The sustainable SME

How to be a more sustainable business

Climate change and sustainability is dominating the news, encouraging people to make changes to help the environment. But what can small business owners do to improve their sustainability (frequently cited as one of the things consumers consider when making their purchasing decisions)? We’ve pulled together a quick guide covering some small and large changes you could make for your business.

Select a renewable supply

The first step to creating a sustainable business is your choice of energy – specifically having something backed by a supply of renewable energy. We offer this to our eligible small business customers1, who now get 100% renewable-backed electricity at no extra cost when they renew or agree a new supply contract directly with us2.

We do this by matching your estimated annual electricity usage with our own generation assets, the power from a number of independent generators that we work with and also from purchasing renewable electricity certificates.

Transport matters

Getting the bus or train to work, and encouraging your staff to do the same, is an easy way to make your commute more sustainable. Or why not start a car share scheme or encourage your staff to walk or cycle to work, where possible, to cut down on carbon emissions and improve local air quality. For those who aren’t confident on a bike, there’s the Government’s free Government cycle training programme. And as electric vehicles (EVs) grow in popularity, you could consider installing an electric vehicle charging point for your employees, customers and visitors.

Think waste

We’re all used to recycling at home, but what about at work? Having a selection of easily accessible and correctly signposted recycling points can increase your sustainability credentials and encourage your staff to recycle more.

The UK generates over 5 million tonnes of paper waste per year so minimising your use of paper where possible is an easy way to make your business greener. There’s more you can do than using recycled paper and recycling waste paper. With technology you can e-sign documents, store them digitally and switch your printer settings to double-sided as standard.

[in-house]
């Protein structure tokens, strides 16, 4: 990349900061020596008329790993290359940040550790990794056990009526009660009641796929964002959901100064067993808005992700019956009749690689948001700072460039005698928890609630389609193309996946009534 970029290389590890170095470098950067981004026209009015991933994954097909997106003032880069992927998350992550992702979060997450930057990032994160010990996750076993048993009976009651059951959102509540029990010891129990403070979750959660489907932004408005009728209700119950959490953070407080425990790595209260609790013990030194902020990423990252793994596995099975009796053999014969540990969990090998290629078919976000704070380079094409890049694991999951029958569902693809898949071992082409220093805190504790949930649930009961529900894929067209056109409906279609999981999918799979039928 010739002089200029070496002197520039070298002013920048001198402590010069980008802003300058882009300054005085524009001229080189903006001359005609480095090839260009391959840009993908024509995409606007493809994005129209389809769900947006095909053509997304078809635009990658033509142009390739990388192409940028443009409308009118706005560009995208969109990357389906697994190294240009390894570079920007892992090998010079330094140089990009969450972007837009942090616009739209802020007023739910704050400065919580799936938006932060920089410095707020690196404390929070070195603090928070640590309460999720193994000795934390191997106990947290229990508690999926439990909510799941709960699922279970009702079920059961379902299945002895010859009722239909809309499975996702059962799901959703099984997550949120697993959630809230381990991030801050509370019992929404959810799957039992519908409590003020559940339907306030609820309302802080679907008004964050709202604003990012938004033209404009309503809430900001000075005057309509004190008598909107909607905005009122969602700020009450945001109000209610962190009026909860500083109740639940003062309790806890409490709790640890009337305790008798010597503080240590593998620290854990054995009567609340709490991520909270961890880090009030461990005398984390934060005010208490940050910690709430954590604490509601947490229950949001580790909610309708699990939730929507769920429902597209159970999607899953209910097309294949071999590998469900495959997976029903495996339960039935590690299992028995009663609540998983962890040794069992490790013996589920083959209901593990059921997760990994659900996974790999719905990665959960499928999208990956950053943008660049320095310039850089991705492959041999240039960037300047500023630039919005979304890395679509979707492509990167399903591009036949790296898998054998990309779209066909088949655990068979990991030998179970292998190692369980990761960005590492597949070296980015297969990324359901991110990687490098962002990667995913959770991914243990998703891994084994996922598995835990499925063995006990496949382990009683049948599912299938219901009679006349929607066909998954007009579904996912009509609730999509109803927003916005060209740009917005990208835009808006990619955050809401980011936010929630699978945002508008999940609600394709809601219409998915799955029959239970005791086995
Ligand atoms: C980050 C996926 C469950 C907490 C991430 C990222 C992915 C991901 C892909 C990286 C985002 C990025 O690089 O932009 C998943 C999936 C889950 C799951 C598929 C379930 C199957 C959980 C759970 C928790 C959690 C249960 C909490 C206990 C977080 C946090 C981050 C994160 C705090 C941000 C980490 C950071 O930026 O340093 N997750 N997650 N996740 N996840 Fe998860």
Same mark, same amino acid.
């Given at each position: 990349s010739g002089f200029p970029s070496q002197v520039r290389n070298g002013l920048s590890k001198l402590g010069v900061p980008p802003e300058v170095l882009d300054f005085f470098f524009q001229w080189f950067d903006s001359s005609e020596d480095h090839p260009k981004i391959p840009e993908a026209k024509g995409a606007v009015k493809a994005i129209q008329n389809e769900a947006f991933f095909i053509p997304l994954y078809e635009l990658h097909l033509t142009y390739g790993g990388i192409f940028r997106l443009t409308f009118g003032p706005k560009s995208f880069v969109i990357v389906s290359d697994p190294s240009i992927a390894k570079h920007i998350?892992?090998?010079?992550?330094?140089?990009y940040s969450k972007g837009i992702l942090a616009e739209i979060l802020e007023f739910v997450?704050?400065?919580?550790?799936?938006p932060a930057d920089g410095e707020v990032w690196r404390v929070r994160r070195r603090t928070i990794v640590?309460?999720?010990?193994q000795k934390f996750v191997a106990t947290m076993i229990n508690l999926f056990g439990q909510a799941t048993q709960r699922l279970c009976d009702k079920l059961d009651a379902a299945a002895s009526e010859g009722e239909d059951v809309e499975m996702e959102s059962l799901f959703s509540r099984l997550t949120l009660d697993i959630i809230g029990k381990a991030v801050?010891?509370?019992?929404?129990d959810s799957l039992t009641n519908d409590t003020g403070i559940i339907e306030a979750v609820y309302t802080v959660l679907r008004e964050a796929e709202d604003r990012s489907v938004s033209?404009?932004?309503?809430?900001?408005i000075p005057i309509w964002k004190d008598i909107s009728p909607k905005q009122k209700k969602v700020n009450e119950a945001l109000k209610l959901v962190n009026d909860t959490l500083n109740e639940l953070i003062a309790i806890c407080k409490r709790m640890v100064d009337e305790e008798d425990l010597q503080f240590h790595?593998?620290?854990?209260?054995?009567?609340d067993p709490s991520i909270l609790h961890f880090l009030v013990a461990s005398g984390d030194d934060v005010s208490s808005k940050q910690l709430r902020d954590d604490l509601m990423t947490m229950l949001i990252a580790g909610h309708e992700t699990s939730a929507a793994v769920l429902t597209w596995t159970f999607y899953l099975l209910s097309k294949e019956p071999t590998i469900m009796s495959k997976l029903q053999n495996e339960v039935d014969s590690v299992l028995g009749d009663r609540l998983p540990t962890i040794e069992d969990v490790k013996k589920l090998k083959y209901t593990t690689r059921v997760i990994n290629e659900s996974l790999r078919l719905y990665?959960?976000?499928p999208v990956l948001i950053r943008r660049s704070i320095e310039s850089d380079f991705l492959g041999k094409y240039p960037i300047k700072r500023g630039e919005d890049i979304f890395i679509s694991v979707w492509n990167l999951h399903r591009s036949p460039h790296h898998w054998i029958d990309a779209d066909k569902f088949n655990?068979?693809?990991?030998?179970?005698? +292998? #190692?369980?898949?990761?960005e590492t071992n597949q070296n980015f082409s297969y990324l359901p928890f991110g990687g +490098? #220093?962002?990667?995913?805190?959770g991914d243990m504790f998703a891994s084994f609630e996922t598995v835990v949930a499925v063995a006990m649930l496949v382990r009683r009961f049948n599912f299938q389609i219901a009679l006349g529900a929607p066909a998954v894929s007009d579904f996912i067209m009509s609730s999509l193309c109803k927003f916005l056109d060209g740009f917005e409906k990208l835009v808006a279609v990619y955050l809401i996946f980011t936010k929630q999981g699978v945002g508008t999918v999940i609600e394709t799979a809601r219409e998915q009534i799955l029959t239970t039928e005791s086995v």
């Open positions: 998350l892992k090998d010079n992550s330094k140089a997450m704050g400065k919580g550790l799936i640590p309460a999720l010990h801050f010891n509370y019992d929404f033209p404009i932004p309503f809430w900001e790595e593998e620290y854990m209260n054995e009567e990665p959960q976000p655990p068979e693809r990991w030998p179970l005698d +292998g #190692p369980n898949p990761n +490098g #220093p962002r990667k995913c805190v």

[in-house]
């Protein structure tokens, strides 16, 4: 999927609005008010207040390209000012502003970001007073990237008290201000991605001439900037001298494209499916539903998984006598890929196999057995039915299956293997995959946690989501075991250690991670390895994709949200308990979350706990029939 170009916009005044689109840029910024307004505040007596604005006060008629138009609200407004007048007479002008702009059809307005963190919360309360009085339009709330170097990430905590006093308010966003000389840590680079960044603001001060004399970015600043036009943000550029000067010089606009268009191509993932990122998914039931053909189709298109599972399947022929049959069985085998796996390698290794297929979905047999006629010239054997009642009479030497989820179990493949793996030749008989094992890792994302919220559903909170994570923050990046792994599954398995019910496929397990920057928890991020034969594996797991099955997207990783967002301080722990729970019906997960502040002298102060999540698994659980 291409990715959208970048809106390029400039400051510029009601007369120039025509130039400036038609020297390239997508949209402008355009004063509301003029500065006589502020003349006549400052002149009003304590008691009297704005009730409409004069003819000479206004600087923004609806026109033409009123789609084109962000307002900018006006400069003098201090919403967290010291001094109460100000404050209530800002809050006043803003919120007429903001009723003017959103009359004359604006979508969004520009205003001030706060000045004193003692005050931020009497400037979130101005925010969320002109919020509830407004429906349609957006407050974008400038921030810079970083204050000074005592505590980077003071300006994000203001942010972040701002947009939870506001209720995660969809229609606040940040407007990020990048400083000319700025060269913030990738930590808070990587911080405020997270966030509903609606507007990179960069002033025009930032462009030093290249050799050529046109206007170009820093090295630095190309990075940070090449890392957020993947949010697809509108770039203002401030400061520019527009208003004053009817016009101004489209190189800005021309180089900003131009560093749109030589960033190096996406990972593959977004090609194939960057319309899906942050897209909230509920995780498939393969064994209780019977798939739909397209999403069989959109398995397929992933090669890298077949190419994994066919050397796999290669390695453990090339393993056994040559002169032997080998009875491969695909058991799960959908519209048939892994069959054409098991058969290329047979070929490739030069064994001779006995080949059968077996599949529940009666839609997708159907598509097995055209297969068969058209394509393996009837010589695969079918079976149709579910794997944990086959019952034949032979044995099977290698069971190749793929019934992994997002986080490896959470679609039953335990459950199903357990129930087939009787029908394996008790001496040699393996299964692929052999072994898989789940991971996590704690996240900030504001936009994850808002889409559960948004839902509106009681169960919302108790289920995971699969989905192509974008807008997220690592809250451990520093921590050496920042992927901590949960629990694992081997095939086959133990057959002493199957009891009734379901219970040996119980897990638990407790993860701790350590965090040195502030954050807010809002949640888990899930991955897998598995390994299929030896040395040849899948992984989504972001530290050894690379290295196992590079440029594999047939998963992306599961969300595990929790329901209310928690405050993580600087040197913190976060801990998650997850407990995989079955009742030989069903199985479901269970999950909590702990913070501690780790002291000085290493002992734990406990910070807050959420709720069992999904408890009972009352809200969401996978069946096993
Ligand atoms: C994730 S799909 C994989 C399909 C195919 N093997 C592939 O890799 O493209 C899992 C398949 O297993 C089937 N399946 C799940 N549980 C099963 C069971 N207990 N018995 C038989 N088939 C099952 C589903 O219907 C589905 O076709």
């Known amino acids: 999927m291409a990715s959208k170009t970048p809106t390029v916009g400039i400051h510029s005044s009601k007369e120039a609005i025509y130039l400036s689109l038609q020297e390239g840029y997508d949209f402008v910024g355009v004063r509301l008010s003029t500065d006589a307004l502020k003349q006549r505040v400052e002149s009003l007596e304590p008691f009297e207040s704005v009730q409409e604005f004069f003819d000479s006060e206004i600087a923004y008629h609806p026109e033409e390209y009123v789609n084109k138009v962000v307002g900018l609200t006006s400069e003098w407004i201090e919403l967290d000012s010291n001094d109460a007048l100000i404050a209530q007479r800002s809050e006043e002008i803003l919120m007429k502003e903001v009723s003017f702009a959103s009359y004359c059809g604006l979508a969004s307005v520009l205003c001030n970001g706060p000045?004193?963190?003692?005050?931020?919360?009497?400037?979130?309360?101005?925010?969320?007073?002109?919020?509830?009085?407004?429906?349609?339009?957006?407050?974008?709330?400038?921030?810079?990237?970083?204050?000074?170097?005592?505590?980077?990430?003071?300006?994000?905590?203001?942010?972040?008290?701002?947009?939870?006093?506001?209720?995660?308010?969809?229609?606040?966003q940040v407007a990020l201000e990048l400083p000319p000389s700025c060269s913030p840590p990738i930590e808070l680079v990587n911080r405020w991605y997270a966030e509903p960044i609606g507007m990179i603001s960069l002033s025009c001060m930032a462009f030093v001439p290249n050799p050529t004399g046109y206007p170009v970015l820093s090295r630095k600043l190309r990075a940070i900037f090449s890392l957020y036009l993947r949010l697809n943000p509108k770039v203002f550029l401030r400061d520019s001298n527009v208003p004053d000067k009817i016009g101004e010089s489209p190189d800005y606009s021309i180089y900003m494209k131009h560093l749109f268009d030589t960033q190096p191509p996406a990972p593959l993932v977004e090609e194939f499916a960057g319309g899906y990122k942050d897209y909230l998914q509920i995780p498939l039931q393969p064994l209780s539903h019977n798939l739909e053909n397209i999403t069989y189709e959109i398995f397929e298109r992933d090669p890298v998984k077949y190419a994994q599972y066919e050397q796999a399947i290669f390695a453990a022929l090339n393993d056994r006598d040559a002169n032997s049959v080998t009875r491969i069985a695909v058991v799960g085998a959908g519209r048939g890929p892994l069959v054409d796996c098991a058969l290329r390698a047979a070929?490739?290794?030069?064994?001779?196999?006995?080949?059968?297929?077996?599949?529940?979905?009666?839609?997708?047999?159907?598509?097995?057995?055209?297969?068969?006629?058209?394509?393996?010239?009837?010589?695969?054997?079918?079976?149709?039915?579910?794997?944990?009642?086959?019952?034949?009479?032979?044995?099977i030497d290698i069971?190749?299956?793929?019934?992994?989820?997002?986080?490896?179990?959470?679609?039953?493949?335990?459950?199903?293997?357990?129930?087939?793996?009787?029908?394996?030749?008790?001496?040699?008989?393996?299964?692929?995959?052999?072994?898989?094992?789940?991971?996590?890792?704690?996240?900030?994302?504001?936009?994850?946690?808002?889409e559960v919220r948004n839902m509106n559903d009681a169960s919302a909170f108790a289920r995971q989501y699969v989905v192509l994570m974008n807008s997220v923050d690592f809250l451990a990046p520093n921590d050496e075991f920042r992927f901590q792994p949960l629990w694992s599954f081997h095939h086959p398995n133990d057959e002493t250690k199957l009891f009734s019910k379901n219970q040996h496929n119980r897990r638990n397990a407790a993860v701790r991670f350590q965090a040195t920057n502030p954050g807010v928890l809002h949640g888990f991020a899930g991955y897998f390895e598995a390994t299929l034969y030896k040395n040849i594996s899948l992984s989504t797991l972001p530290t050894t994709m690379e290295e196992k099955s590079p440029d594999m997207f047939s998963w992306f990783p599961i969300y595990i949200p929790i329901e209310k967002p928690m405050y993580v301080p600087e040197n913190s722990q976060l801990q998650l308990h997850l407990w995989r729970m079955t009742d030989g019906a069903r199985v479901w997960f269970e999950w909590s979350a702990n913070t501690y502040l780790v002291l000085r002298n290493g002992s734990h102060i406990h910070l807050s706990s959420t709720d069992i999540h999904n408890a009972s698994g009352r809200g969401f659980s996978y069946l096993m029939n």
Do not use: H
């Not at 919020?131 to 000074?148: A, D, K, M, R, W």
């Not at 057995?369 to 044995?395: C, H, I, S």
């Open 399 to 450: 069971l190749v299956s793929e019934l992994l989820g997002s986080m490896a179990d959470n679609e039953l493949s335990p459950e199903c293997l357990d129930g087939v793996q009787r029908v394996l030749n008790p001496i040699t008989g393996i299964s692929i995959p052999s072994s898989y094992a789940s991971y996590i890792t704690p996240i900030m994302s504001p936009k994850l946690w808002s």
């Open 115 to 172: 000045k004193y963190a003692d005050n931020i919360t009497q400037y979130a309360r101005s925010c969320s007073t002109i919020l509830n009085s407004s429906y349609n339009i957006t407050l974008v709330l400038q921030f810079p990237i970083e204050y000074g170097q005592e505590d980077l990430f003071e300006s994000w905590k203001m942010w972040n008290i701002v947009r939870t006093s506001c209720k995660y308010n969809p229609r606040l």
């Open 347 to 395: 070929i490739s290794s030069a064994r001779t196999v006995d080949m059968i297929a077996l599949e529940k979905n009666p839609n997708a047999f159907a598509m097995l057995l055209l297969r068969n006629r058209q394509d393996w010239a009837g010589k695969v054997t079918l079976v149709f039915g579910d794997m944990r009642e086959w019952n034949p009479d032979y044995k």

Reducing your plastic waste is another great way to improve your environmental impact and reduce the amount of plastic ending up in the oceans. Simple steps can have a big impact such as offering metal or biodegradable disposable cutlery instead of plastic and providing tea and coffee facilities to reduce the amount of single-use takeaway cups brought to work. If you want to go one step further, you could even provide your staff with reusable cups.

Install solar panels

If you’re wanting to become more self-sufficient, and if your property type allows, why not install solar PV panels and capture solar energy to create the electricity to power your business, even on cloudy days. Solar panels don’t just improve your sustainability credentials, they can also lower your energy costs as you have less reliance on the grid, avoiding market volatility.

Consider CHP

For businesses with more significant heating or electricity demands you could consider combined heat and power (CHP). CHP engines replace a traditional boiler and turn fuel (usually gas) into electricity whilst also capturing the excess heat produced to either heat or cool your building. CHP can reduce carbon emissions by up to 30% when compared to generating through a power station and boiler and reduces energy costs by up to 20%. You can also take advantage of the opportunity to sell excess electricity back to the grid.

Store your energy

You don’t need to use the renewable energy you generate immediately; advances in battery storage technology mean you can store energy to use when you need it. Using stored energy can lower your demand at peak times - and avoid high network charges – or it can create additional revenue by selling it to the grid.


As a small business owner, there are many steps you could take to improve your sustainability ranging from the quick and easy to the more long-term solutions.


Find out more about how E.ON could help your business become more sustainable.

1. Eligible customers include SMEs who are fed by a non-half hourly meter agreeing a Fixed Business Plan directly with E.ON

2. Electricity sourced from E.ON’s renewable generation assets, supply agreements with independent UK wind generators and the purchase of renewable electricity certificates. The electricity supplied to homes and businesses comes from the National Grid.